Quocirca's changing channelsQuocirca's changing channels There is an ugly word used to describe the fact the rivals in business some times have to find a way to work together – coopetition. In the ICT industry everyone knows that, on occasions, competitors have to hold their noses and talk to each other. But this distasteful process can be avoided to a greater or lesser extent, depending on the vendors involved, if the process is handled through third parties like VARs and integrators. In short, channel organisations can act as coopetition brokers. For certain pairings, coopetition has been a reality for many years – Microsoft has always had to support a wide range of third-party software products running on its operating systems, despite many of them being competitive with its own. Privatised national telephone companies like BT have to share their local-loop access to the homes and businesses with competitors, albeit under some pressure from regulators (so much so that BT announced a new independent company last week – Openreach – to operate its local-loop). All this said, two of the ICT industry’s largest vendors of software have pretty much managed to keep each other at arms length to date – Oracle and IBM. These two have been fierce competitors in the database and application server business for many years. True, Oracle supports its infrastructure products on IBM hardware when required, but this would often be using a third-party operating system like Linux or Windows rather than IBM’s own. However, Oracle’s recent spate of acquisitions which have made it the world’s second largest vendor of business applications have upped the ante for both vendors, and this has been intensified by Oracle’s most recent acquisition – Siebel Systems. IBM has had a partnership with Siebel since an agreement was first inked in 1999. Most recently it has been selling Siebel OnDemand, a hosted CRM application as a service via its Global Services division. IBM has been careful to position this as a service so that there is no perceived conflict of its policy of not competing with vendors of business applications which run on the IBM platform. These include Siebel’s standard product, but also many of the other business applications Oracle has recently purchased, including those of Peoplesoft. After Oracle acquired PeopleSoft and announced “Project Fusion” to pull all the different business applications together, it seemed this was viewed as an opportunity to transition newly acquired customers to Oracle’s own application server (OAS). However, last week Oracle announced that Project Fusion would now support IBM’s WebSphere application server as an alternative. In effect, this is recognition by Oracle of IBM’s domination in the enterprise application server market and preserves a pre-acquisition agreement reached in 2004 between IBM and PeopleSoft. The announcement is also face saving for IBM – this new level of coopetition means there is no hurry for it to review selling Siebel OnDemand. Still, it is unlikely that Oracle and IBM are going to be seen walking down the street holding hands. The actually process of making Oracle’s newly acquired diverse range of business applications work on IBM’s application server will fall to third parties. The announcements is not just good news for customers who do not want change forced upon them, but for the VARs and integrators who will end up making it all work on the ground. Plenty of work for the coopetition brokers then. Copyright © 2005,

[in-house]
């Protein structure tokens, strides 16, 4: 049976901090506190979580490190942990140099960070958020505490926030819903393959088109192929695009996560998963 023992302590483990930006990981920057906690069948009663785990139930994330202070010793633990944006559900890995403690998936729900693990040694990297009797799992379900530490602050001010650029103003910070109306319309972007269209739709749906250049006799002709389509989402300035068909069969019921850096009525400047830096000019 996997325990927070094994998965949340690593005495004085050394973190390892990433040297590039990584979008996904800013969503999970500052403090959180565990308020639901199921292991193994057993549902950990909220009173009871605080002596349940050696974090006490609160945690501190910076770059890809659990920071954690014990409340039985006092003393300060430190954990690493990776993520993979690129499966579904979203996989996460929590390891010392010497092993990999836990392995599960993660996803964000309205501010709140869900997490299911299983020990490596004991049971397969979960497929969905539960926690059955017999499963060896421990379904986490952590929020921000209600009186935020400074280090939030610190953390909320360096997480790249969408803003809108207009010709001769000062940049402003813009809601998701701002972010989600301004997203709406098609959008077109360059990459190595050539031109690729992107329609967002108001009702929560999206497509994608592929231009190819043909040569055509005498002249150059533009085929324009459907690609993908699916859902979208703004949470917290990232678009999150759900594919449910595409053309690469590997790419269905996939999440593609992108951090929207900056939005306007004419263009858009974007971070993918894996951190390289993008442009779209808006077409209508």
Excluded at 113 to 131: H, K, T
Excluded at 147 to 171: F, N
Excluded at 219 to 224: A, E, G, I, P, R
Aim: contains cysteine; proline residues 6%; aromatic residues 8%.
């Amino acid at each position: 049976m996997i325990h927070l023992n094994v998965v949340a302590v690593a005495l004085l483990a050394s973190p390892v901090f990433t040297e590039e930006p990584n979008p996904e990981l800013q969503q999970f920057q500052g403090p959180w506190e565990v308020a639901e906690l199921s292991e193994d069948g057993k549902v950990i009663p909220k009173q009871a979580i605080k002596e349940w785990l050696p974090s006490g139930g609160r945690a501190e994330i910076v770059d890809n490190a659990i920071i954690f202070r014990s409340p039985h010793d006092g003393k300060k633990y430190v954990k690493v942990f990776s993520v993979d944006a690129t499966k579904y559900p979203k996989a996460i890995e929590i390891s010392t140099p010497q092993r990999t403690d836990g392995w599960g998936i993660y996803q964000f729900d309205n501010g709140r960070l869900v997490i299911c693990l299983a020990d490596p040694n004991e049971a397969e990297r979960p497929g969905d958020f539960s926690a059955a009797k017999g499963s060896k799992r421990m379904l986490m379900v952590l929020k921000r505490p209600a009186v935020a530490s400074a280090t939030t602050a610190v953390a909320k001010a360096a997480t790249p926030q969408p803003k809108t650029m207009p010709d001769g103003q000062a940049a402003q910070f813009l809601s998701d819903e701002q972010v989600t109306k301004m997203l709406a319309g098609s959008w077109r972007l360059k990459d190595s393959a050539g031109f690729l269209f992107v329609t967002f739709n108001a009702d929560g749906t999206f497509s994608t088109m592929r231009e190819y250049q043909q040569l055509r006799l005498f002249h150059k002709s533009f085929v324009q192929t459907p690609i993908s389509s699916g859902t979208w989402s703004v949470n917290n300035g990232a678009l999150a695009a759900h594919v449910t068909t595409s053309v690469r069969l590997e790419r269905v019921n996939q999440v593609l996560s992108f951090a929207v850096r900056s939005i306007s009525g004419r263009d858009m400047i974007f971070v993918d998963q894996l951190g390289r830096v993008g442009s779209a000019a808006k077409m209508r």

Bob Tarzey, 26 Sep 2005